On record Nneka Egbuna traverses a staggering, dynamic sheath of musical touchstones; to be expected when your inspirations lie on two different continents. The Nigerian raised, European educated songwriter's US debut Concrete Jungle is an enterprising and engaging kind of listen, calling upon elements of afro-beat, folk ,funk, jazz, and neo-soul; a bit dizzying when written out, but easily recollecting the very best parts of artists like Lauryn Hill, Fela Kuti, and Nina Simone as it cycles through.
Fresh off a weekend engagement with The Roots at their annual summer picnic, Nneka joined us in the hustling environment of NYC's Tompkins Square Park for an acoustic rendition of one of her album's songs ("Come With Me"), as well as two numbers ("Lost Souls", "Valley") we had previously never encountered. Here in the "concrete jungle" of one the city's more charismatic public spaces, the beautiful songwriter and her accompanist lean heavy on the sparse enchanting beauty of her song's roots, crafting the kind of soft and elegant melodies that make the surrounding chaos of the city seem to sizzle away in the early-summer heat. - David Pitz
Pop music is a 'here today, gone tomorrow' world. A starburst of YouTube notoriety and then oblivion. Or at least it is for most.
But when your journey has been as long and extraordinary as Nneka's when you've travelled 10,000 miles and are still only just starting out - then instant celebrity is the last thing on your mind.
When your heart is as big as your Afro, when your talents stretch from teardrop soul-singing to freestyle rapping to a first-class degree from a top Continental university, when you've got so much to say about so much, then you are in it for the long haul.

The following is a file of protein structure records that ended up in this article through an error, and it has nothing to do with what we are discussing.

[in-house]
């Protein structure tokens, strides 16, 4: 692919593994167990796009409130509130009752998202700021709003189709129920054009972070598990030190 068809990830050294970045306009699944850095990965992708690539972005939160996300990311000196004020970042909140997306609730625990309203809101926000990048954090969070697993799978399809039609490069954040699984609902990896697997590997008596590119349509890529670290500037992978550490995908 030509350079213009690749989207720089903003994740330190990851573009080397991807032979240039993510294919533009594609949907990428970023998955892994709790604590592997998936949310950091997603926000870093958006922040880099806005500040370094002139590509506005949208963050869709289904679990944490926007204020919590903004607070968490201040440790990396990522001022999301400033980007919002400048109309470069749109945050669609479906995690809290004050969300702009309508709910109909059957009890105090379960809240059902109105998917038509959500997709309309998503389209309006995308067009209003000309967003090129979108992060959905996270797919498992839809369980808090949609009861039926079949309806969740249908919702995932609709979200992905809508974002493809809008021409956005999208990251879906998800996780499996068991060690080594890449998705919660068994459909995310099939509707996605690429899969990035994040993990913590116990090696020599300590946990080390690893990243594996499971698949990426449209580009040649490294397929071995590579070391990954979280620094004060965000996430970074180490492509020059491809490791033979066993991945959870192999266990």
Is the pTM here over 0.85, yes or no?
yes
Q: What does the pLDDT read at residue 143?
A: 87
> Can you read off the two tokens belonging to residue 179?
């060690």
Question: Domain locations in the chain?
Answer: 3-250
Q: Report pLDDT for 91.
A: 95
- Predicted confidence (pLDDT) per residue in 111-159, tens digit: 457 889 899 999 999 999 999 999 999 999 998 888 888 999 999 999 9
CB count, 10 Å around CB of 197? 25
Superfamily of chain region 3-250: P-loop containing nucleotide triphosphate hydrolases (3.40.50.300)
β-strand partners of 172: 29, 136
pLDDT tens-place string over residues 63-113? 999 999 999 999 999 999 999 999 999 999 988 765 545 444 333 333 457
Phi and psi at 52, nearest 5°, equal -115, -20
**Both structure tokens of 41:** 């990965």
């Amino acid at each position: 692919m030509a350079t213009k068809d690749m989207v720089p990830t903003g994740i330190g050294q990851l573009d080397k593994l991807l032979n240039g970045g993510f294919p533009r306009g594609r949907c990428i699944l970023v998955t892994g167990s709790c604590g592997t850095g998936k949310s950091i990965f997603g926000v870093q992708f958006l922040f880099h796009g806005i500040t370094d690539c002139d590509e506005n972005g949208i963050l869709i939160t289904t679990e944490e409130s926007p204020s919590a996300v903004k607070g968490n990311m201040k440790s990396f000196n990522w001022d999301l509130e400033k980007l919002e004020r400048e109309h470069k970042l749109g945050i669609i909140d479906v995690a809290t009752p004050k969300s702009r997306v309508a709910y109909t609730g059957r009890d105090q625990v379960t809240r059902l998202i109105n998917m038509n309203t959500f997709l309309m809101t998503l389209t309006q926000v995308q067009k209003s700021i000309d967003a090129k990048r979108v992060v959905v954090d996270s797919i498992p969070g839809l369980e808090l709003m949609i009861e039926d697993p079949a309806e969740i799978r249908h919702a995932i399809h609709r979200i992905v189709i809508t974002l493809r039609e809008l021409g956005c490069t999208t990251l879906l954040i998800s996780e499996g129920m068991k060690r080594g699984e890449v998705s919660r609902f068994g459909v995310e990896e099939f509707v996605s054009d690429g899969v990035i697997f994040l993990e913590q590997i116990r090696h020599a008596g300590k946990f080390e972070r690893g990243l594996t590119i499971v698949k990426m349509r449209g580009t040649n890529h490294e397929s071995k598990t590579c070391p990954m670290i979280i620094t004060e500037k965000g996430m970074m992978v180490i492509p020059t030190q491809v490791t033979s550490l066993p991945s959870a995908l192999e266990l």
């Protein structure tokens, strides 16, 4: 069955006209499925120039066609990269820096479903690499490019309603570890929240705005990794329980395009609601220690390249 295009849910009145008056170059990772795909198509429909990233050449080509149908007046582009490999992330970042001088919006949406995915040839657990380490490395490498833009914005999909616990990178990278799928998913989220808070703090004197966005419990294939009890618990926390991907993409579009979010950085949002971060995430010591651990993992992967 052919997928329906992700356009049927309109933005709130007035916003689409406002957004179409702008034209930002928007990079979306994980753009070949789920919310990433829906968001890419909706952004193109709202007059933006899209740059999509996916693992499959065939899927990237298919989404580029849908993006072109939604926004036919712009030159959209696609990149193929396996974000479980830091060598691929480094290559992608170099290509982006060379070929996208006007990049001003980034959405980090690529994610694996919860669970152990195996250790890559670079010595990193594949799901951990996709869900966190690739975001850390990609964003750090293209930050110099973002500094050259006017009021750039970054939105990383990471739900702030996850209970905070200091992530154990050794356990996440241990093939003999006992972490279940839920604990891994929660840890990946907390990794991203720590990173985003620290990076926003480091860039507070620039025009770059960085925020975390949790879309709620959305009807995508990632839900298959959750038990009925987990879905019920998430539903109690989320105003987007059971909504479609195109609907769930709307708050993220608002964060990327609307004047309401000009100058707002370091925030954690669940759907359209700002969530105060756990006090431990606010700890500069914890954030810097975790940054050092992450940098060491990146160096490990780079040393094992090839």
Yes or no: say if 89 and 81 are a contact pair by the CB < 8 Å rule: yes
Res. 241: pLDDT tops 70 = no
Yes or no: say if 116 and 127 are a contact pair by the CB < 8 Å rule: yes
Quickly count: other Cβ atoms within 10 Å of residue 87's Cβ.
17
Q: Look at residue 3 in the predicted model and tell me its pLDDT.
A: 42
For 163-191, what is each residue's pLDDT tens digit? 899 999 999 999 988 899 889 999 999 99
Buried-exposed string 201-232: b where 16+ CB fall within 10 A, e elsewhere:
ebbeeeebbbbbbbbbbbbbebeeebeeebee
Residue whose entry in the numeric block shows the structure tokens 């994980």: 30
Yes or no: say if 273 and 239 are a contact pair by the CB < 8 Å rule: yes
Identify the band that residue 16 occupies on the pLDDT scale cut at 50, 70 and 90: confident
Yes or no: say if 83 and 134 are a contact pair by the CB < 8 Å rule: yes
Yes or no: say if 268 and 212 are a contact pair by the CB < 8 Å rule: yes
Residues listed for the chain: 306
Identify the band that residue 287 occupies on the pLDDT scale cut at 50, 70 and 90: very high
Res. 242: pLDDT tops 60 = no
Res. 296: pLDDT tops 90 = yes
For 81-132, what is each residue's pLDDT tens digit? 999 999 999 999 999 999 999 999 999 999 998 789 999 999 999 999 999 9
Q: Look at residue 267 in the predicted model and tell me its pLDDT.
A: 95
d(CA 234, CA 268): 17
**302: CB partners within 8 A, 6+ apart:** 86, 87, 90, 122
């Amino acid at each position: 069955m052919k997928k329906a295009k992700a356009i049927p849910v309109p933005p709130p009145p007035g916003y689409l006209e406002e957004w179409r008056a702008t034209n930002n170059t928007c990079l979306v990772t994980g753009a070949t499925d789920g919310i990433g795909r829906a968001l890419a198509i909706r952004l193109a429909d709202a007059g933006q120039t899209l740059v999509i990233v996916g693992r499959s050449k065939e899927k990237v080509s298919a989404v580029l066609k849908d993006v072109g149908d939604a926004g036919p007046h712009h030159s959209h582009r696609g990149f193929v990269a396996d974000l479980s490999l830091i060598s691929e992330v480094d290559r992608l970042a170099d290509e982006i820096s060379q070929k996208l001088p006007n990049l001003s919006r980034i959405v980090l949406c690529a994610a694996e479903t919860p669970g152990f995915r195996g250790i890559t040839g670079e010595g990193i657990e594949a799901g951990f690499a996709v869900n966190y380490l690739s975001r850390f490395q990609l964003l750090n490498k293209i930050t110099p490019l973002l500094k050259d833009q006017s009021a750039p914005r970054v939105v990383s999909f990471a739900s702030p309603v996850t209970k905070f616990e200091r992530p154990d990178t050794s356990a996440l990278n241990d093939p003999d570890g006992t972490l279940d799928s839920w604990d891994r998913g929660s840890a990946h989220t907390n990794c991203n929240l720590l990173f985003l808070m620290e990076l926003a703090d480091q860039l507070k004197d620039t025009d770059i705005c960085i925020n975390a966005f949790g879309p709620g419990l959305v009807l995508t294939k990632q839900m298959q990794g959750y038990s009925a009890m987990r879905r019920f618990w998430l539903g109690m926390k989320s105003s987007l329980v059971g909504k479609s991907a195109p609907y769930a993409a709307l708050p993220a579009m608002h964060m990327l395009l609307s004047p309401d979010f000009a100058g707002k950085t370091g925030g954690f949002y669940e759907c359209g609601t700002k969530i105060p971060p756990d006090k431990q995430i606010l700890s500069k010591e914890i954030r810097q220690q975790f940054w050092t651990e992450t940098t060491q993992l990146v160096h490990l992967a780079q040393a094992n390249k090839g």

Every year since her musical career took off in 2005, this Afro-German warrior princess has built on her successes, stretched her muscles, and widened her range. Her debut album Victim of Truth (released in the UK in 2007), an inspirational mix of hot loops, black consciousness and 21st-century soul music - was garlanded with praise by the British media. 'As good as The Miseducation of Lauryn Hill,' said UK's The Sunday Times.
Her sophomore release was every bit as lush and visionary as her first. A record where brains, beauty and beats collide No Longer At Ease made its mark across Europe and beyond. It's a record that Lenny Kravitz and Lauryn Hill both heard and said: 'I want this girl opening my show!'
It's easy to see what got Lauryn and Lenny so animated. Nneka's music has still got a big splash of Bob Marley in the recipe, a measure of Nina Simone and a lick of Erykah Badu.
But this time around there's more of the best ingredient Nneka herself. Her first US release, Concrete Jungle is a collection of songs that put the singer/songwriter at the forefront. This album is an offering of love, hope and optimism dedicated to the people of Warri & the Niger Delta of Nigeria. Holding it all together is the emotional focus of her beautiful voice, located in a place somewhere between yearning and rage.
The daughter of a Nigerian father and a German mother, Nneka Egbuna was born in Warri, Oil City in the Delta region of Nigeria at the height of its new found wealth in the mid 70s.